With benefits like those we’ve mentioned (or others that might be applied) it’s possible to empower socioeconomically large groups that urgently need to escape from poverty and exclusion, so they can feel that they are real participants in a collective existence that makes sense.
On this basis, ideas of what it means to be engaged in meaningful work, for which people are recognised and appreciated, and in which new social relations are created, start spreading. These are the opposite of the exploitative, biocidal kinds of logic of the neoliberal system, starting with the coercive power of its labour markets. In sociopolitical terms, it means expanding the social (and electoral?) base of people who understand that obtaining public resources is part of a legitimate and necessary attempt to ensure that each and every person can feel fully entitled to co-determine the country’s social life, especially when it’s now increasingly accepted that wealth, whatever form it takes, is and has always been a social product.
Finally, by not being limited to welfare schemes “for the poor”, and by favouring the productive (and reproductive) activities of people who are willing to contribute to society with work that’s both consensual and sensible, this path towards a basic income could be spreading a truly revolutionary idea: everyone (women or not, Indigenous or not, ultra-precarised youth or not …) has all sorts of skills and the desire to use them in social contributions that are being blocked, amputated by the need to knuckle under to the impositions of formal and informal job markets. If the short- and medium-term projects are understood and consolidated, most people would end up discovering that the unconditionality of basic income doesn’t make people “stop working”. On the contrary, whatever the circumstances they’re in, they could reject jobs that are damaging to their lives (and also the soul-destroying “bullshit jobs” that David Graeber famously described), to do the kinds of work they can enjoy and feel is useful. Most people are threatened by precariousness or unemployment. They need (and have a right to) public resources that equip them to escape from this vulnerability and obtain the “social power” to engage in the kinds of work and lifestyles they choose for themselves, with the general end result of better, more just, and more efficient ways of satisfying the needs of society as a whole (including ecosystems).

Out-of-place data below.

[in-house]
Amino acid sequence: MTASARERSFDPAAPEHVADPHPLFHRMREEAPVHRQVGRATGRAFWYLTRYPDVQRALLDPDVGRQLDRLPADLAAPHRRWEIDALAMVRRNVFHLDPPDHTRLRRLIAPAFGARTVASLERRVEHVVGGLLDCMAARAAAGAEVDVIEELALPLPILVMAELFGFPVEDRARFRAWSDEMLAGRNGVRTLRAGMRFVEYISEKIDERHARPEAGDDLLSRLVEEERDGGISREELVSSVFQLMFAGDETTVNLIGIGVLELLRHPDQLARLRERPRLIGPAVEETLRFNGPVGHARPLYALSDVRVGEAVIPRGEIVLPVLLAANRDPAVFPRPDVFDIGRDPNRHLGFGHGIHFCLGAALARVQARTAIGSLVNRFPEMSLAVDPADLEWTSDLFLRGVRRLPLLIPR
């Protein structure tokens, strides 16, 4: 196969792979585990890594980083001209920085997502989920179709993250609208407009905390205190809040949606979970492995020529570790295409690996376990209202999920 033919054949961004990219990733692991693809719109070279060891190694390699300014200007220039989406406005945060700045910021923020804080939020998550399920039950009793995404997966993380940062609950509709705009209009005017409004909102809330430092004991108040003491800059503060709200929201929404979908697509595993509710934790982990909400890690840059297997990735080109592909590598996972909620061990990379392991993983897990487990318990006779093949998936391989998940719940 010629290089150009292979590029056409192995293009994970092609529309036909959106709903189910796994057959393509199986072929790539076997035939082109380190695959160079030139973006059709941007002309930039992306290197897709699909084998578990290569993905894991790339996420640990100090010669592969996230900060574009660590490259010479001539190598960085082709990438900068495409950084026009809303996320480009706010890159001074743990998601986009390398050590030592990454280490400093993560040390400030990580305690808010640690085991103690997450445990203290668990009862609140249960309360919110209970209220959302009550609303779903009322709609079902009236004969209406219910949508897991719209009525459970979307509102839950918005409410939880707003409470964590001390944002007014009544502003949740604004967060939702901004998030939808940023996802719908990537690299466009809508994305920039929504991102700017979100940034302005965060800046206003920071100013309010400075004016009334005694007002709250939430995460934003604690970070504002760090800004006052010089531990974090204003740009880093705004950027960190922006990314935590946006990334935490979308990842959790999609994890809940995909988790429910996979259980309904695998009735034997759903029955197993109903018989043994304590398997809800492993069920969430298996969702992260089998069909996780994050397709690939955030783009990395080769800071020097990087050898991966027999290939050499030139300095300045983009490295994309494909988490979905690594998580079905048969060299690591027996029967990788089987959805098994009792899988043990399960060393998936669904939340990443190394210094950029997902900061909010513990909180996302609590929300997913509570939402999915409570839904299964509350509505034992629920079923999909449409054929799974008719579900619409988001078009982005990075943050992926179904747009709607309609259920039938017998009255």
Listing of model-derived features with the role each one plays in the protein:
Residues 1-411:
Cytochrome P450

In sum, the gradual path envisages a three-phase institutional and sociopolitical process that includes (i) being aware of and responding to the present (and also electoral) emergency; (ii) creating new ways of thinking about (paid or unpaid) work; and (iii) moving towards the social goal of universality and unconditionality for a democratic socioeconomic (and ecological) existence or, in other words, towards a fully-fledged basic income.